First i thought about providing examples here n there but i didn't do that since much more fun and thrill in journey when we don't what will happen next.So try on your own to access superblock,and then group descriptor and others.Just enjoy!!!.
A Hint for beginners:
First define a union similar to super block or anything other struct you want to access.
say like,
union me{
	struct ext3_super_block{

	char buffer[sizeof(struct ext3_super_block)];
Open the file "/dev/hda7 " in read only mode.So that FS is not damaged...
use lseek() or lseek64() to move to offset.
read() into our buffer and then access.
Now,Try n access an inode say root. )
Super block
i forgot something,
#define super_block SB
#define Group_descriptor GD

Keypoint is SB is at offset 1024 and it's size is 1024. SB contains information on total number of inode,free blocks. first_inode,first_data_blocks and magic number which will be "ef53" -i believe it's id of both EXT2 and EXT3 (I'm pretty sure) take look at your SB structure at ext3_fs.h file. Go and search for ext3_fs.h file in your system now if doesn't know those entry while I'm searching for that file. O.k you can find inode,group_descriptor structure on that file too. Wondering what that _u32 or _u16 means? u refers to unsigned where as _s32,_s16 s refers to its counterpart signed one. 32,16 refers to number of bits.

Coming to superblocks,in 5GB there will approximately 40 Block-Groups. Then there has to be as many as 40 superblocks,for a 5GB of partition size. Each block group has SB,GD,Data block bitmap,inode bitmap,inode table.So we have 40 of them each.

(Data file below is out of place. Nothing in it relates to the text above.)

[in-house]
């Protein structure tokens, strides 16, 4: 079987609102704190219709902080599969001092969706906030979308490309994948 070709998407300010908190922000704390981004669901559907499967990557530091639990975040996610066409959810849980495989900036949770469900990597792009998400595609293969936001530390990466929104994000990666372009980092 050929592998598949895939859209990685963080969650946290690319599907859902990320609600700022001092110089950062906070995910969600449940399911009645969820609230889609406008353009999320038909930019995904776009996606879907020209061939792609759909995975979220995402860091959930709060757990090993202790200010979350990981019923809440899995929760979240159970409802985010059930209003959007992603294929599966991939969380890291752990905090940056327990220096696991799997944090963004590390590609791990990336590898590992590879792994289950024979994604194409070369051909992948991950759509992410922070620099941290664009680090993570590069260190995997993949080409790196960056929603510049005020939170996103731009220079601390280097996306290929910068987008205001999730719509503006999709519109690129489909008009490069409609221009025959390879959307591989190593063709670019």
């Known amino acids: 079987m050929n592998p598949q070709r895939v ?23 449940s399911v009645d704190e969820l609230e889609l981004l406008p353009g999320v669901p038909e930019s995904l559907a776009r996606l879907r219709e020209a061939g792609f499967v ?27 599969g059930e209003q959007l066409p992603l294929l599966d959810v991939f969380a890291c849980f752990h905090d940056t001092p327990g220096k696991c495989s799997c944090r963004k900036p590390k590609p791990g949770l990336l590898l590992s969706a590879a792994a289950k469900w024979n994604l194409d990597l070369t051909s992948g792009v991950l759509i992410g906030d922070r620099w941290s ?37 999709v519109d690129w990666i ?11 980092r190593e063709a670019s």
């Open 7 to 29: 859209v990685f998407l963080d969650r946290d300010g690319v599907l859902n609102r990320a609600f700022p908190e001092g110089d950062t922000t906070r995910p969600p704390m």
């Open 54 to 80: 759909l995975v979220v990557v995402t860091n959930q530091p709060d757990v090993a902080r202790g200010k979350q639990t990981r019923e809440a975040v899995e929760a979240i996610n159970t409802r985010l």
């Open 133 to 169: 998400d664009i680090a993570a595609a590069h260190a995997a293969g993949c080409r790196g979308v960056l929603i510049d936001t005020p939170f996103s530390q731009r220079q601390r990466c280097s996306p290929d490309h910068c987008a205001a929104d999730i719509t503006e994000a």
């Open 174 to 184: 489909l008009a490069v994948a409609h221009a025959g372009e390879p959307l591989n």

Since Block size is 4KB or 4096 bytes can represent 32K data blocks or 128MB
No.of Block Groups ==5120/128=40 Block groups.

Smaller the block_size results in large number of block-groups.

Presently I'm doing some messup with FS like accessing and modifying super_block,group descriptors ,data block bitmap,inode bitmap,inode table. Accessing these entries from Block-Group-0 seems to be much easy. But to access them from next Block-group-1 is proves to be very diffcult.So far,I tried many thing to get them but all resulted in -- mm...i don't call it as failure because they provide some other information which may be or just might be more vital than i'm what searching for.

Thus if each of these of these Block-groups has one super-block and one Group Descriptor so we have 40 Superblocks and 40 Group descriptor. These 40 Superblocks are same.Only the first superblock is used by kernel. The remaining 39 superblocks are substitute (39 Substitute... much more than no.of players in cricket) The 39 Group Descriptor are also substitutes. How to traverse through these block-group?(which we see later --Hopefully) In SB there is entry s_block_group_nr which says what block-group we are currently in. Believe me,if know some basics you can do things that you may not imagined within a week yes within 7 days you will be in total new world. So go on...